Here’s a photo of the fanny pack I use:

As you may suspect, the most important item to have while fly-fishing at night is….LIGHT.  I’ve got a cap that has 2 LED bulbs built into the bill of the cap.  The batteries are changeable, but the original batteries have lasted me ALL YEAR!  The one I use is made by Panther Vision.  It looks like this:

On occasion, I also use the LED cap lights you can buy from almost anywhere, the kind that clips to the underside of your cap bill. They look like this:

Mosquitoes or other nocturnal bugs can sometimes be “pesky”. Although I’ve had occasions over the years when mosquitoes have overwhelmed me, usually they don’t bother me excessively. Knock on wood.  he worst thing is usually if they are flying around in my face. I combat these by smoking a cigar while I fish, at least early in the evening. Later on, the bugs seem to give up. I’m not suggesting everyone take up cigar smoking. If you’d rather douse yourselves in a bug repellent of your choice, have at it.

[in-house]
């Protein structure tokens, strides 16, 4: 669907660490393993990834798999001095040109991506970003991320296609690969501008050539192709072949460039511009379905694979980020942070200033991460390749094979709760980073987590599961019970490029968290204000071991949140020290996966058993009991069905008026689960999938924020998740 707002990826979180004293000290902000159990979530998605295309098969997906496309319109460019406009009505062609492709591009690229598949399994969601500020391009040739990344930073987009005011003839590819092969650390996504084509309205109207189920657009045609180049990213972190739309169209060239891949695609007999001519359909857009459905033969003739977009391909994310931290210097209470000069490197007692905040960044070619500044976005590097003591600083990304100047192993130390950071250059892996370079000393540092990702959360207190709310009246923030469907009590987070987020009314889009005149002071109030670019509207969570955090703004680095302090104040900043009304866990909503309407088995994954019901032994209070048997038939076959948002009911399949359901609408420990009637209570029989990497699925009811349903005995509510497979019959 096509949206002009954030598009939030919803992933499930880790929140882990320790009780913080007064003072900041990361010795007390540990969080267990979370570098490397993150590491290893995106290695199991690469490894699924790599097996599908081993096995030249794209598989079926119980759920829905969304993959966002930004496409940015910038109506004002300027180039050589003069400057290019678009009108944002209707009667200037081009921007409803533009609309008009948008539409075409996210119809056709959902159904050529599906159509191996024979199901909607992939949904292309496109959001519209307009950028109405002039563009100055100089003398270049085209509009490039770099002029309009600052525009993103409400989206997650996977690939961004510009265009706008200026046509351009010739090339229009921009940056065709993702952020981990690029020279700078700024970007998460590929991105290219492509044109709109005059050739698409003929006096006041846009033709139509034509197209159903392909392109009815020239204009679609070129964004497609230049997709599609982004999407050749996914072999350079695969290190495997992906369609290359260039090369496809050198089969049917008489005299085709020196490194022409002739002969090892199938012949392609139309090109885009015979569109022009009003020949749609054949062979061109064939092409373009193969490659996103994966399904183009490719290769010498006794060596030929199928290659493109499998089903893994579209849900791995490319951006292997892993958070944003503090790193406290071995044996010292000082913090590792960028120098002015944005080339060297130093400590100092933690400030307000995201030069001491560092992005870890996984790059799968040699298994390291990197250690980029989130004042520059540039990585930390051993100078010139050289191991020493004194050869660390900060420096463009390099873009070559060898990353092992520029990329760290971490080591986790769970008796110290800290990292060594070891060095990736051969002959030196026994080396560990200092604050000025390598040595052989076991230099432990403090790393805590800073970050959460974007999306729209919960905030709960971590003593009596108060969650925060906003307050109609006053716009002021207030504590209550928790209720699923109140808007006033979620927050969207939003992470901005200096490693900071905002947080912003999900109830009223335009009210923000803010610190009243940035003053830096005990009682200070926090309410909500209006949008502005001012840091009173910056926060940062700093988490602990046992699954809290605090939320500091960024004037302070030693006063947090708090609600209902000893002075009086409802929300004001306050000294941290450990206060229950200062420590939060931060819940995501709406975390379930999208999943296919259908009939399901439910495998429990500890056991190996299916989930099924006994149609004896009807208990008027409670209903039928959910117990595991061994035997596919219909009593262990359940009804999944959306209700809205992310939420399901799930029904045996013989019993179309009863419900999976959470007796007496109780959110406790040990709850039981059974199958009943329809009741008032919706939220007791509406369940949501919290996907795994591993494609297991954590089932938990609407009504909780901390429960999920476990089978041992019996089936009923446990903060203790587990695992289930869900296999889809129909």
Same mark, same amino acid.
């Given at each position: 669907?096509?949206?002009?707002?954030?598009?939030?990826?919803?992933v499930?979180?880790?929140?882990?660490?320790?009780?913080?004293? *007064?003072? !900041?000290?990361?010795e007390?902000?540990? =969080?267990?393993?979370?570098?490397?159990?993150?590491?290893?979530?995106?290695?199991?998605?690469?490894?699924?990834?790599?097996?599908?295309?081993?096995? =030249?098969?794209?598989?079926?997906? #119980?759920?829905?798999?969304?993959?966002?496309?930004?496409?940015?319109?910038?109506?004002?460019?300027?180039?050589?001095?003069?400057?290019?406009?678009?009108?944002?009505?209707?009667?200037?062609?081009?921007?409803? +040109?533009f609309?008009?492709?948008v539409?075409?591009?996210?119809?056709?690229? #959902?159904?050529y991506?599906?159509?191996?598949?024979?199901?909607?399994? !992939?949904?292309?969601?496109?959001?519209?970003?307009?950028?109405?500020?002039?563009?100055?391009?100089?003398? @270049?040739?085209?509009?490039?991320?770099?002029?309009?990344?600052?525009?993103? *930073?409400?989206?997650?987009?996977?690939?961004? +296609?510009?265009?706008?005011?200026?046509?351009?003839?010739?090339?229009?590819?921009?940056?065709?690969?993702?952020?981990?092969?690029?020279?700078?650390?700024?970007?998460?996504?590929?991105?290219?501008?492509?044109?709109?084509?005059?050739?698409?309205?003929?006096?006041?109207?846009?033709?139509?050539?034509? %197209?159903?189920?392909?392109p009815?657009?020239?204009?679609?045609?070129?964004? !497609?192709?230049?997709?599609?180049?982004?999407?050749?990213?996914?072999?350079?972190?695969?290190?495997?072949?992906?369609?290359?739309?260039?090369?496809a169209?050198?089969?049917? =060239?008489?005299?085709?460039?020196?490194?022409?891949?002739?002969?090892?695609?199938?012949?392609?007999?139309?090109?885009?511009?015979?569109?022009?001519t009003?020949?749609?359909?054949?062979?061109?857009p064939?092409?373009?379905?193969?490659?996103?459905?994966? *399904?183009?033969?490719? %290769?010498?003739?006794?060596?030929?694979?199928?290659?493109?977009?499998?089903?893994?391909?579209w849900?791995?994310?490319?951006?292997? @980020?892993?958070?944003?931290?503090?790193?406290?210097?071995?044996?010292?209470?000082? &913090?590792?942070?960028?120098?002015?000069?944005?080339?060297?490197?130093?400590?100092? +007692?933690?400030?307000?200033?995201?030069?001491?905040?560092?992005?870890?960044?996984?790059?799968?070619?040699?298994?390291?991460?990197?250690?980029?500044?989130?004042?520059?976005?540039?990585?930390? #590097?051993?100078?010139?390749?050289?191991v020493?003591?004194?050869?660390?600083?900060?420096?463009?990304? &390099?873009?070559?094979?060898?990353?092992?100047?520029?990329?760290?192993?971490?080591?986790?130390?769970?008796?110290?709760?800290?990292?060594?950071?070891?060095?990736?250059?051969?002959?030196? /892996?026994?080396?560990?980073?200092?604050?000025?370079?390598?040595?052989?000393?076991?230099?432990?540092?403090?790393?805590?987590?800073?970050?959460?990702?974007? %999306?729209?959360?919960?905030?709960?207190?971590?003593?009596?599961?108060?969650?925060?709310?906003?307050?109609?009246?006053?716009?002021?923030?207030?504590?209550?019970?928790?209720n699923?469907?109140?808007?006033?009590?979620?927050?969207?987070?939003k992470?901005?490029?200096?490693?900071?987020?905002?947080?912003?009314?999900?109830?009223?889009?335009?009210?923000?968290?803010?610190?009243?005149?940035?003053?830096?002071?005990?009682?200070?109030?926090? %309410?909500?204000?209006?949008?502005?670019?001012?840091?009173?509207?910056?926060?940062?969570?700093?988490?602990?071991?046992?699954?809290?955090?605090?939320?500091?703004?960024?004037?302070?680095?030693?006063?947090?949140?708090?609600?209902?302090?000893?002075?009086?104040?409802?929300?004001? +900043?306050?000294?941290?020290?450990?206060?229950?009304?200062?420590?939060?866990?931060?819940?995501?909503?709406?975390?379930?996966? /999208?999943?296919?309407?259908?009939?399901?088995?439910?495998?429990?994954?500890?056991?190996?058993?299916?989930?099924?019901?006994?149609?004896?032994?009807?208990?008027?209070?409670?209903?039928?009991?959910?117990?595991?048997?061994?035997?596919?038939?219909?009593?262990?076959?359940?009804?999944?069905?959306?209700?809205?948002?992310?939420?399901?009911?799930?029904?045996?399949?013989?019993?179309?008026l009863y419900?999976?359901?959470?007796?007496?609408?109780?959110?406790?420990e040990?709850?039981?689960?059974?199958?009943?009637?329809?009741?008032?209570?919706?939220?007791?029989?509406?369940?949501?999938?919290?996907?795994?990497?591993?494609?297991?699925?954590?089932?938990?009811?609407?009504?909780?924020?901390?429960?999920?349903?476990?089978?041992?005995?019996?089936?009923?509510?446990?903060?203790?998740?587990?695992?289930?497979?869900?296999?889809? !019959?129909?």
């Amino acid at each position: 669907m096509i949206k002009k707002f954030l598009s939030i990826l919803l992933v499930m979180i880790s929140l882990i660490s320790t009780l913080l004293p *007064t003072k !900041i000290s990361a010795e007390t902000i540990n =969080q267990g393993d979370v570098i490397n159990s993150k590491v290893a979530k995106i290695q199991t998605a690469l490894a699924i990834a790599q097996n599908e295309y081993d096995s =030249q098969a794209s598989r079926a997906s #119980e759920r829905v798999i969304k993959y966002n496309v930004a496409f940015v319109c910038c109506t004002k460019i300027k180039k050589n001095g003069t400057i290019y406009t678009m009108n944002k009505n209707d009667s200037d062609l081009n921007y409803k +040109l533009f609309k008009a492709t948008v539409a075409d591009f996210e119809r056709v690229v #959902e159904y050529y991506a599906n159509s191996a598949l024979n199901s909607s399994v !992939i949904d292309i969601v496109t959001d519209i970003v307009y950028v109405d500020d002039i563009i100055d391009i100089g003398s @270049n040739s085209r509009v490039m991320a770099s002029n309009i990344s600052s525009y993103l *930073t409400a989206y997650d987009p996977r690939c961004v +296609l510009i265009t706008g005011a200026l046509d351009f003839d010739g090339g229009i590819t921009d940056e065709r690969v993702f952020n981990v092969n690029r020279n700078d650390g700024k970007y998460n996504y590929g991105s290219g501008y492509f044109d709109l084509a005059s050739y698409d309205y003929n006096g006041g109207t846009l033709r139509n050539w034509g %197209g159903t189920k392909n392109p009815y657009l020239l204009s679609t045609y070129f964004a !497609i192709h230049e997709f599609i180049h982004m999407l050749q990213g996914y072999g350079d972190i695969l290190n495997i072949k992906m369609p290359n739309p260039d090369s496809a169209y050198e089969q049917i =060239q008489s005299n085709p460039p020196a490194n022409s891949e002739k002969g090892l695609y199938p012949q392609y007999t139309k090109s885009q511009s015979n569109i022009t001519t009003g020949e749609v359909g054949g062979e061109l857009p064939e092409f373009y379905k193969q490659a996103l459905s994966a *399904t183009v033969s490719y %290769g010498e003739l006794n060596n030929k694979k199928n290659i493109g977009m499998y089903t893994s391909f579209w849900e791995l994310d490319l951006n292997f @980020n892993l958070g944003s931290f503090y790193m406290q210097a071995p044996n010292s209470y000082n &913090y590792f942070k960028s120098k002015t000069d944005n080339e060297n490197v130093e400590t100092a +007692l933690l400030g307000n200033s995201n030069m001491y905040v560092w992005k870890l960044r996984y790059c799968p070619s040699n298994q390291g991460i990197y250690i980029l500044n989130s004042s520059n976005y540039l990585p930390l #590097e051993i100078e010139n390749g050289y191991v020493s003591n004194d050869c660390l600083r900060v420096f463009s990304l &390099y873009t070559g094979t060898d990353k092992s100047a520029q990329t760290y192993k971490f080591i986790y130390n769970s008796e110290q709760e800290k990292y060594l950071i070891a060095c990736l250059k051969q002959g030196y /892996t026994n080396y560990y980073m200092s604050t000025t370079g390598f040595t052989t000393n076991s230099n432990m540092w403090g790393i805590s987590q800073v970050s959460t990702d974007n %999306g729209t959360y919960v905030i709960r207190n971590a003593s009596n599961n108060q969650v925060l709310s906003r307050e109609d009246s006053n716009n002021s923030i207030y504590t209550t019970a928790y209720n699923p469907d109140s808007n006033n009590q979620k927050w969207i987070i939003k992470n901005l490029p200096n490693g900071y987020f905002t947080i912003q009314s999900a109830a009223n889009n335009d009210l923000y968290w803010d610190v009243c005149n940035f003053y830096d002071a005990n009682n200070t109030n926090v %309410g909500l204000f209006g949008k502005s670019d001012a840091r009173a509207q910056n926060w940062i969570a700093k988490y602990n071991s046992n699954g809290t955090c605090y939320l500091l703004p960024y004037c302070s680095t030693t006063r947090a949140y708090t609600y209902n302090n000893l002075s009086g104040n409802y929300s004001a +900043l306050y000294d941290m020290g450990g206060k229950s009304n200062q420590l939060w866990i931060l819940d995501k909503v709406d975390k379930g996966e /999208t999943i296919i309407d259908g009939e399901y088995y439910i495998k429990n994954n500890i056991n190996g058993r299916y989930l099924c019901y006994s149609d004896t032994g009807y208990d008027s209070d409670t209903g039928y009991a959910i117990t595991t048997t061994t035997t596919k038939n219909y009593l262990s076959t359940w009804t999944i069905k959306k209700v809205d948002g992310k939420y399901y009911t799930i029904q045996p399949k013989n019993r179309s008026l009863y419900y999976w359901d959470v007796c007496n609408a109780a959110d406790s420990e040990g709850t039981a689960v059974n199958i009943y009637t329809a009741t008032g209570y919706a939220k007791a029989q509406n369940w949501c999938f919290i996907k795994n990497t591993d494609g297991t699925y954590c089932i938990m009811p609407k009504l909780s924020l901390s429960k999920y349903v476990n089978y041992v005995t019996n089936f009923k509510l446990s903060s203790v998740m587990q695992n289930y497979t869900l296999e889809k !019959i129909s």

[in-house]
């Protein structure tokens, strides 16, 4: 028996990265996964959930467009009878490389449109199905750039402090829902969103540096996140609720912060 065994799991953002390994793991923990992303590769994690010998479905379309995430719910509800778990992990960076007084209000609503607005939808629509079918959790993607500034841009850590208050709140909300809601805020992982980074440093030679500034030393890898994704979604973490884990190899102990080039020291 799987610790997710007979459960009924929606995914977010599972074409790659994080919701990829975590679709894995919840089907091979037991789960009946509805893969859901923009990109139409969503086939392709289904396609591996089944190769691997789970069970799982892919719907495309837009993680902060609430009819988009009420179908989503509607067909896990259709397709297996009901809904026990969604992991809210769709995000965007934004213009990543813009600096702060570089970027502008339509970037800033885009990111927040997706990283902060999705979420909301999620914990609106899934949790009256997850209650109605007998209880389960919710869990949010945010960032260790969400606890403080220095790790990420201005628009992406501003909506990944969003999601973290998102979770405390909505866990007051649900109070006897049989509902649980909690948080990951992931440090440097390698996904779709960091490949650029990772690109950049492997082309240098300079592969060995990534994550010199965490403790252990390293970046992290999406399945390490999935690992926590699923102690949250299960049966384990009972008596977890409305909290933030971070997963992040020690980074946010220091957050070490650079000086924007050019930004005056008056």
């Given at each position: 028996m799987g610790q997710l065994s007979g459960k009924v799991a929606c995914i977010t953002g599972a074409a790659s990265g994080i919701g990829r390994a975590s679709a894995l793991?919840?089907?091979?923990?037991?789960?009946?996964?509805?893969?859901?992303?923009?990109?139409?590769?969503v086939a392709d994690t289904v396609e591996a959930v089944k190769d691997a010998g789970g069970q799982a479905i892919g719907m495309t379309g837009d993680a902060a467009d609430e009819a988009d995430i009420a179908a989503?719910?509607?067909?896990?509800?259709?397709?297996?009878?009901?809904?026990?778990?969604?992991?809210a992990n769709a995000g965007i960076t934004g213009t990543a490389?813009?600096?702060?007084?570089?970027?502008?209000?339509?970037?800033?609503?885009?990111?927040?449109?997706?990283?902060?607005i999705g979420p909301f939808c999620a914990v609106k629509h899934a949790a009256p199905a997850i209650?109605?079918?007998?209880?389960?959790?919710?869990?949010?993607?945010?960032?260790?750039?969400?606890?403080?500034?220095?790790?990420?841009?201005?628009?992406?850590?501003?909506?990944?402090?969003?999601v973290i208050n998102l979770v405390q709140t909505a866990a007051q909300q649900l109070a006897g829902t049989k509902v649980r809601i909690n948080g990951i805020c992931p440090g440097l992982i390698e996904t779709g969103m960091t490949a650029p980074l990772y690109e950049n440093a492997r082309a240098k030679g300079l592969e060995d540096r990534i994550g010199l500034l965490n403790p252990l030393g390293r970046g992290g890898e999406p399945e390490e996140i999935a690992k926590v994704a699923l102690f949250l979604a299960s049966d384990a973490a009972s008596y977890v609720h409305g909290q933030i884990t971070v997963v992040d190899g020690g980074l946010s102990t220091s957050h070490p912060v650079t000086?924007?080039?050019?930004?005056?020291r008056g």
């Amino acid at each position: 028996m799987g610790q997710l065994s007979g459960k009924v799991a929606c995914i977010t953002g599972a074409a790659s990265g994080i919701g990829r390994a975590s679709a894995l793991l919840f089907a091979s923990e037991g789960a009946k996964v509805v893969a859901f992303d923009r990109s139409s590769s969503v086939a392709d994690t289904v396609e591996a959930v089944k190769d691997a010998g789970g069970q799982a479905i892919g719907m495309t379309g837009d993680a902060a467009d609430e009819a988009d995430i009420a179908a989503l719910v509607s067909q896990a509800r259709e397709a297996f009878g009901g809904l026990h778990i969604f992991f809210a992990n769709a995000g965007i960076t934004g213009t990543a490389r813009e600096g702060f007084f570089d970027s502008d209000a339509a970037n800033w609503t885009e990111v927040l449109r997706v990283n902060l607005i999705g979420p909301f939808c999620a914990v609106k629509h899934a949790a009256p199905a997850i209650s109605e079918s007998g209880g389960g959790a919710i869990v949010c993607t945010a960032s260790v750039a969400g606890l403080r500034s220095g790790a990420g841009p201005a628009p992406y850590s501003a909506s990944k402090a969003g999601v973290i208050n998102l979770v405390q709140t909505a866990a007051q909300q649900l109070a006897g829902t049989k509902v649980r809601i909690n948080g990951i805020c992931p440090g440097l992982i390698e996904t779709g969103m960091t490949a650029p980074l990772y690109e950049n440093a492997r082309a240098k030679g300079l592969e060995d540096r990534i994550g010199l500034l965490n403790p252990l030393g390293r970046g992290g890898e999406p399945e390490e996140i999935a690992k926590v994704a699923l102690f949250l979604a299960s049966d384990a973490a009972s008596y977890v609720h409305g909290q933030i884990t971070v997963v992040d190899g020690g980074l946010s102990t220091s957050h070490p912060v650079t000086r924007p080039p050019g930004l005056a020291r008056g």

I usually start by casting parallel to shore. If the fish are there, this is often the quickest place to find actively feeding fish. If not, I fan cast the area, gradually working out to deeper water. If the fish are there, fine. If not, I walk about half the length of my casts down the shoreline, and start my pattern of casting again. Fish may be scattered. You may pick up one over deeper water, and a couple near shore, and then not get any more hits. You can try switching flies, if you are confident more fish are in the area. Otherwise - MOVE. Cover the water and pick up the aggressive fish.